This is an artist’s illustration of a 2D layered hybrid perovskite. Image: Los Alamos National Laboratory.
This is an artist’s illustration of a 2D layered hybrid perovskite. Image: Los Alamos National Laboratory.

In the eternal search for next-generation, high-efficiency solar cells and LEDs, scientists at Los Alamos National Laboratory (LANL) and their partners have created innovative two-dimensional (2D) layered hybrid perovskites that allow greater freedom for designing and fabricating efficient optoelectronic devices. Industrial and consumer applications of these layered perovskites could include low cost solar cells, LEDs, laser diodes, detectors and other nano-optoelectronic devices.

"Our material is a layered compound, meaning it is a stack of 2D layers of perovskites with nanometer thickness (like a stack of sheets), and the 2D perovskite layers are separated by thin organic layers," explained Jean-Christophe Blancon from LANL, lead author of a paper on this work in Science. "This work could overturn conventional wisdom on the limitations of device designs based on layered perovskites."

The 2D, near-single-crystalline thin films have an out-of-plane orientation, allowing uninhibited charge transport to occur through the perovskite layers in planar devices. At the edges of the perovskite layers, the new research has now discovered "layer-edge-states". These are key to both the high conversion efficiency of the perovskite solar cells (>12%) and the high fluorescence efficiency (a few tens of percent) of the perovskite LEDs. The spontaneous conversion of excitons (bound electron-hole pairs) to free carriers via the layer-edge states appears to be key for improving these photovoltaic and light-emitting thin-film layered materials.

The team investigated both the photophysical and optoelectronic properties of phase-pure homogenous 2D perovskites. They were able to show that thin films have an intrinsic mechanism for dissociating the strongly-bound electron-hole pairs (excitons) to long-lived free-carriers provided by lower energy states at the edges of the layered perovskites.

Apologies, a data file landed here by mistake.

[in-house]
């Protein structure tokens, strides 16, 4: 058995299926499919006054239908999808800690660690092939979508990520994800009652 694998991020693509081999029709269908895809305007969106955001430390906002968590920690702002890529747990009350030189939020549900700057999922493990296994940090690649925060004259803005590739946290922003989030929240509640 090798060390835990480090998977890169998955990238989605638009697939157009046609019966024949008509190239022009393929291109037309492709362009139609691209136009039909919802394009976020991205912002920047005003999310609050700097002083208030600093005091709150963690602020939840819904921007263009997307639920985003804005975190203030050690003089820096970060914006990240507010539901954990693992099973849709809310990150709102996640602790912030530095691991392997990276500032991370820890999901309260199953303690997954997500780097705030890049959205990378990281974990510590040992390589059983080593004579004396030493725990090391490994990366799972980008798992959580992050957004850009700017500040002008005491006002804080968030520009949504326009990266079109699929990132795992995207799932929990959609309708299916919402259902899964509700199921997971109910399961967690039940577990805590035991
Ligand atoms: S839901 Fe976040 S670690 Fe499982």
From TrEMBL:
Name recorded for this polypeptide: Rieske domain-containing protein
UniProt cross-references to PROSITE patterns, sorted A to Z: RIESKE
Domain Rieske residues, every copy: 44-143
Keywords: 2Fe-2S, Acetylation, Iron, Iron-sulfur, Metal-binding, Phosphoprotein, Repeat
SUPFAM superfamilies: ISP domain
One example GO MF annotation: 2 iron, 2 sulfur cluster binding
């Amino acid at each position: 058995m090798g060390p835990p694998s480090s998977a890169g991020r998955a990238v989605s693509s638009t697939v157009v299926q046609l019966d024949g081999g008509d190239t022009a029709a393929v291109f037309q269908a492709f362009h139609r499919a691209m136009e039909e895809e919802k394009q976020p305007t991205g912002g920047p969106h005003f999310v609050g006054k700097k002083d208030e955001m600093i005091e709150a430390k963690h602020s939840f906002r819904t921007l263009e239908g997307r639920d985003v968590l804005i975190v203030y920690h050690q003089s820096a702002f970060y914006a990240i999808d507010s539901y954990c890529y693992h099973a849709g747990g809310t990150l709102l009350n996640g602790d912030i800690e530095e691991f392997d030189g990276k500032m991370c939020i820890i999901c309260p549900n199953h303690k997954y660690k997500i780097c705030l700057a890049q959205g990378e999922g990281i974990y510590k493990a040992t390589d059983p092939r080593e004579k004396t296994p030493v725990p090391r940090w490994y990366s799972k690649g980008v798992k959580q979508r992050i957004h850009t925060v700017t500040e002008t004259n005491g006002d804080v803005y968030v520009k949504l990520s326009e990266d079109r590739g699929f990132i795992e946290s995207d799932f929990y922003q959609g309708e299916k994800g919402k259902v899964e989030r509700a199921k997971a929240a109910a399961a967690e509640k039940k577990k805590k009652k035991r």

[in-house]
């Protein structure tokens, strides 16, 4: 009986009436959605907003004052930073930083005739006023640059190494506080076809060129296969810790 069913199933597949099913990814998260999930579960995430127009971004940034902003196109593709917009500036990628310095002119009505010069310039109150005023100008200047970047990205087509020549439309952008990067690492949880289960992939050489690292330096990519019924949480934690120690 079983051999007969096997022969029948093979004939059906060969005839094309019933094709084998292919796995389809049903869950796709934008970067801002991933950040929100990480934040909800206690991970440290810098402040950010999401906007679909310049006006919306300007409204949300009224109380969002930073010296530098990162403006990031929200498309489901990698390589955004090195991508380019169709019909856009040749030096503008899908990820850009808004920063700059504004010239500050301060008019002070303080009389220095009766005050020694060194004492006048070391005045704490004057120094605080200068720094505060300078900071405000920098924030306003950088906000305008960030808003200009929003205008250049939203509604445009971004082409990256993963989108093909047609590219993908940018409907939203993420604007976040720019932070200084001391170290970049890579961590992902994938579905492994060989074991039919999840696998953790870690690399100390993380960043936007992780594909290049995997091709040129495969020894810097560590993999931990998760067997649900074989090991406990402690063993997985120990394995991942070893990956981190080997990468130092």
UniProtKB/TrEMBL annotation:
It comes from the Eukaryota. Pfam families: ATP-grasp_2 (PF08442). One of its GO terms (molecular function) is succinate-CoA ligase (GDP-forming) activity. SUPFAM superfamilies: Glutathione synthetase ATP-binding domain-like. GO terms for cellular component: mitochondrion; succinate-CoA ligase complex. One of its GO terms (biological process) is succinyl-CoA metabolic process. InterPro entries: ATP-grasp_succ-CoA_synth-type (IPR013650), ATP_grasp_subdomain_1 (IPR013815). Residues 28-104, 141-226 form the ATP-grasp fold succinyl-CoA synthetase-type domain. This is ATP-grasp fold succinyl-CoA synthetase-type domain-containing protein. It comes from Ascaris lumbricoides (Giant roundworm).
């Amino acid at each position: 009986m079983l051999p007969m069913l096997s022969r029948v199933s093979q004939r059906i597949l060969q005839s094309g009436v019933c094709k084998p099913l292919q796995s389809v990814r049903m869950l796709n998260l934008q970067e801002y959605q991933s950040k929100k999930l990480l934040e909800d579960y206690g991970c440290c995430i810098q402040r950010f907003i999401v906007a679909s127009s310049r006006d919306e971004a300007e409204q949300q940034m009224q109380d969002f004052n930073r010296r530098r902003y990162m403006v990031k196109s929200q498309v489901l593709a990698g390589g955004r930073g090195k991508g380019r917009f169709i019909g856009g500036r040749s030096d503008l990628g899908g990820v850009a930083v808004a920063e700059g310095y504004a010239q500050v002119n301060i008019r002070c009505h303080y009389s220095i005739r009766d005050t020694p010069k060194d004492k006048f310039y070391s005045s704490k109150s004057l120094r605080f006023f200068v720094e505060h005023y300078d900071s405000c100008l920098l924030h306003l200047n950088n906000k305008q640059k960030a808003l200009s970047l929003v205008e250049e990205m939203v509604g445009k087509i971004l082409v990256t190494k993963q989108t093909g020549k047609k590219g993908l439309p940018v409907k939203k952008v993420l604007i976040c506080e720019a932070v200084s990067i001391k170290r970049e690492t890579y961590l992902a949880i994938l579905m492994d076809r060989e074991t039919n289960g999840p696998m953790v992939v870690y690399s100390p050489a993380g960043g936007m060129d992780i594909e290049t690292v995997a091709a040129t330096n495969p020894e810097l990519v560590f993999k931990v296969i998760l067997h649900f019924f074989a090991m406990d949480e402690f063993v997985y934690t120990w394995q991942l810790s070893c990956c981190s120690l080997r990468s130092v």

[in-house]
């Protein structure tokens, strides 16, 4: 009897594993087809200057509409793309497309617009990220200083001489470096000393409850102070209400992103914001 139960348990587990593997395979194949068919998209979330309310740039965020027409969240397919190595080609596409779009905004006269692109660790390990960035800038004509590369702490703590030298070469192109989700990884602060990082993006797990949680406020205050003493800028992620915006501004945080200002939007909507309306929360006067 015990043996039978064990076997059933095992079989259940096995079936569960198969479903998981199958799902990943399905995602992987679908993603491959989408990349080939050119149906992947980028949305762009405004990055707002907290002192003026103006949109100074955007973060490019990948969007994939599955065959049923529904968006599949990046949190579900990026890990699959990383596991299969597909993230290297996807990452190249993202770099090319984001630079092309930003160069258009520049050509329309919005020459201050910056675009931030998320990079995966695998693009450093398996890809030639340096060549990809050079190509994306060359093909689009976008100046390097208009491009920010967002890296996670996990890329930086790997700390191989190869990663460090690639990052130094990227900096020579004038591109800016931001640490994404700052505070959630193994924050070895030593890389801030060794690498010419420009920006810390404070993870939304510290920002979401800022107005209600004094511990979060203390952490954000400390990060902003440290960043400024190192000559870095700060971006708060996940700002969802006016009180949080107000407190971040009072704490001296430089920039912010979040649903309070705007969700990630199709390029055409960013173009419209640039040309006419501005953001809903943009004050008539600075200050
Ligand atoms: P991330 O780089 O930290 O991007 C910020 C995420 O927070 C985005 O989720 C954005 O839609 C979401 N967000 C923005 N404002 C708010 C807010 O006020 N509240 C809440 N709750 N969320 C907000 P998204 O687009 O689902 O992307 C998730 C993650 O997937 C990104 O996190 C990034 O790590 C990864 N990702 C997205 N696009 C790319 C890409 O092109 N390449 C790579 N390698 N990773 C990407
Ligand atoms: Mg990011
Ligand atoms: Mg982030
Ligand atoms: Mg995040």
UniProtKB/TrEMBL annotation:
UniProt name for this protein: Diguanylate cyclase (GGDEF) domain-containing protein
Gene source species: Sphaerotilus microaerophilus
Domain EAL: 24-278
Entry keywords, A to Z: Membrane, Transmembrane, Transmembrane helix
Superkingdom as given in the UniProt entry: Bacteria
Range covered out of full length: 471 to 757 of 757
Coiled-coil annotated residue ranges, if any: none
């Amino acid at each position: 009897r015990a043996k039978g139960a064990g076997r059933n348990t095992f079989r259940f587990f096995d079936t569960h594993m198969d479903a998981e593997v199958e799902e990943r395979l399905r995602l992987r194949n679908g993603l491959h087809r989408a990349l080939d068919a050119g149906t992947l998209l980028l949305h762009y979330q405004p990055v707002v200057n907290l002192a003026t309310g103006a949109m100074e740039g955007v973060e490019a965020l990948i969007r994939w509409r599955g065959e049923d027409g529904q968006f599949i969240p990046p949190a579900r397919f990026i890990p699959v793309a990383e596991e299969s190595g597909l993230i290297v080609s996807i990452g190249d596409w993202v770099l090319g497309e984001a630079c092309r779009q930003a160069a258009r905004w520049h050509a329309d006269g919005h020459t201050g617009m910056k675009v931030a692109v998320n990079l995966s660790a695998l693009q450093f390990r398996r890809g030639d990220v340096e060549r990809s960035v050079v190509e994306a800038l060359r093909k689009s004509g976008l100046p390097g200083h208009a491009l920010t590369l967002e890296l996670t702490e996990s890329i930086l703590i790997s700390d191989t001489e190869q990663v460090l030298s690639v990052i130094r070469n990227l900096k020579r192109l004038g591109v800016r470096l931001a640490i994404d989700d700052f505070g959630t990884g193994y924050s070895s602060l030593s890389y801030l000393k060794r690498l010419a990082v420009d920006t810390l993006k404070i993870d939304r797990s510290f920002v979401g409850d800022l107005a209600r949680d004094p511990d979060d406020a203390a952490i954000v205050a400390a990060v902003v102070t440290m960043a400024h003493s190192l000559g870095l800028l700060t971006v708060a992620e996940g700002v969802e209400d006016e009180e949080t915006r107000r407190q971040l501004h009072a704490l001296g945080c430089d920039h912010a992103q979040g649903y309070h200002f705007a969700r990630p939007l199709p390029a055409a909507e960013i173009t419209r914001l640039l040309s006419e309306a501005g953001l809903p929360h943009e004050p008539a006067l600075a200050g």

Moreover, once the carriers are trapped at these edge states, they remain protected and do not lose their energy via non-radiative processes. This means they can contribute to photocurrent in a photovoltaic device or radiatively recombine efficiently for light-emission applications.

"These materials are quantum hybrid materials, possessing physical properties of both organic semiconductors and inorganic semiconducting quantum wells," said Jared Crochet of the Physical Chemistry and Applied Spectroscopy group at LANL. "We are just beginning to understand the interplay of the organic and inorganic components in 2D perovskites and this result underpins how unique properties can arise from competing physical properties."

"These results address a long-standing problem not just for the perovskite family, but relevant to a large group of materials where edges and surface states generally degrade the optoelectronic properties, which can now be chemically designed and engineered to achieve efficient flow of charge and energy leading to high-efficiency optoelectronic devices," said Aditya Mohite, who leads the perovskite program in the Material Synthesis and Integrated devices group at LANL.

"The 2D hybrid perovskites continue to surprise. When we first designed these materials we were hoping that high quality samples of them would exhibit novel optoelectronic properties," said co-author Mercouri Kanatzidis from Northwestern University. "Well, they have done so and then some. They have exceeded our expectations and are proving to be truly amazing systems. We have only scratched the surface of what is there – sorry for the pun – in this 2D family and we anticipate continued excitement going forward."

This story is adapted from material from Los Alamos National Laboratory, with editorial changes made by Materials Today. The views expressed in this article do not necessarily represent those of Elsevier. Link to original source.